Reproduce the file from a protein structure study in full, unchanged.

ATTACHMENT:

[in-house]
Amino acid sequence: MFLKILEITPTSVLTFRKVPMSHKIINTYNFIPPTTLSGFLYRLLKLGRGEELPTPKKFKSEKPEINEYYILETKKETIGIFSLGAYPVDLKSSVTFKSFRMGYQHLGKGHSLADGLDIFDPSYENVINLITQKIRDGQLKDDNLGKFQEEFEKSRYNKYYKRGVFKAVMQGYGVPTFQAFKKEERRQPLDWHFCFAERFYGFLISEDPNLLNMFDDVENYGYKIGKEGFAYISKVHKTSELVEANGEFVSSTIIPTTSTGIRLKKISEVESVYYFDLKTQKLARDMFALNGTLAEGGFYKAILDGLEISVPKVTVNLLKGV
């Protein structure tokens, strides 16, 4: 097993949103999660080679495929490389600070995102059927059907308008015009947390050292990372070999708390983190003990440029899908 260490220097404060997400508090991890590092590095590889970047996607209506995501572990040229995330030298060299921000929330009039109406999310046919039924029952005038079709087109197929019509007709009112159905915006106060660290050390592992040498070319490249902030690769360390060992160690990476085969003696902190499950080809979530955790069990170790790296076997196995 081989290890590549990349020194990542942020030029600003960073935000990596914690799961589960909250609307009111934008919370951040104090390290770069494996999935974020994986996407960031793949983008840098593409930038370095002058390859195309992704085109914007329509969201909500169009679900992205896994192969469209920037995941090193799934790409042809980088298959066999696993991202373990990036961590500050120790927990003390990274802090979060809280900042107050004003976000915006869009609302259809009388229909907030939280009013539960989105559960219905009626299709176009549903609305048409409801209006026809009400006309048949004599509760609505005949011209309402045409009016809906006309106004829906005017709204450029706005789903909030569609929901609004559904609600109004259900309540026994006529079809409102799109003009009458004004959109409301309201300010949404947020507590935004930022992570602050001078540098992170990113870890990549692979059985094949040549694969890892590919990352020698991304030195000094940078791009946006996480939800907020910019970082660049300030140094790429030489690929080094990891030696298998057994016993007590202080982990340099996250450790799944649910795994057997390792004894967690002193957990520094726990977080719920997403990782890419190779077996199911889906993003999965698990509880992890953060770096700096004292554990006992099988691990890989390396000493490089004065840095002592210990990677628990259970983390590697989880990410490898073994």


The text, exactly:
[in-house]
Amino acid sequence: MFLKILEITPTSVLTFRKVPMSHKIINTYNFIPPTTLSGFLYRLLKLGRGEELPTPKKFKSEKPEINEYYILETKKETIGIFSLGAYPVDLKSSVTFKSFRMGYQHLGKGHSLADGLDIFDPSYENVINLITQKIRDGQLKDDNLGKFQEEFEKSRYNKYYKRGVFKAVMQGYGVPTFQAFKKEERRQPLDWHFCFAERFYGFLISEDPNLLNMFDDVENYGYKIGKEGFAYISKVHKTSELVEANGEFVSSTIIPTTSTGIRLKKISEVESVYYFDLKTQKLARDMFALNGTLAEGGFYKAILDGLEISVPKVTVNLLKGV
């Protein structure tokens, strides 16, 4: 097993949103999660080679495929490389600070995102059927059907308008015009947390050292990372070999708390983190003990440029899908 260490220097404060997400508090991890590092590095590889970047996607209506995501572990040229995330030298060299921000929330009039109406999310046919039924029952005038079709087109197929019509007709009112159905915006106060660290050390592992040498070319490249902030690769360390060992160690990476085969003696902190499950080809979530955790069990170790790296076997196995 081989290890590549990349020194990542942020030029600003960073935000990596914690799961589960909250609307009111934008919370951040104090390290770069494996999935974020994986996407960031793949983008840098593409930038370095002058390859195309992704085109914007329509969201909500169009679900992205896994192969469209920037995941090193799934790409042809980088298959066999696993991202373990990036961590500050120790927990003390990274802090979060809280900042107050004003976000915006869009609302259809009388229909907030939280009013539960989105559960219905009626299709176009549903609305048409409801209006026809009400006309048949004599509760609505005949011209309402045409009016809906006309106004829906005017709204450029706005789903909030569609929901609004559904609600109004259900309540026994006529079809409102799109003009009458004004959109409301309201300010949404947020507590935004930022992570602050001078540098992170990113870890990549692979059985094949040549694969890892590919990352020698991304030195000094940078791009946006996480939800907020910019970082660049300030140094790429030489690929080094990891030696298998057994016993007590202080982990340099996250450790799944649910795994057997390792004894967690002193957990520094726990977080719920997403990782890419190779077996199911889906993003999965698990509880992890953060770096700096004292554990006992099988691990890989390396000493490089004065840095002592210990990677628990259970983390590697989880990410490898073994």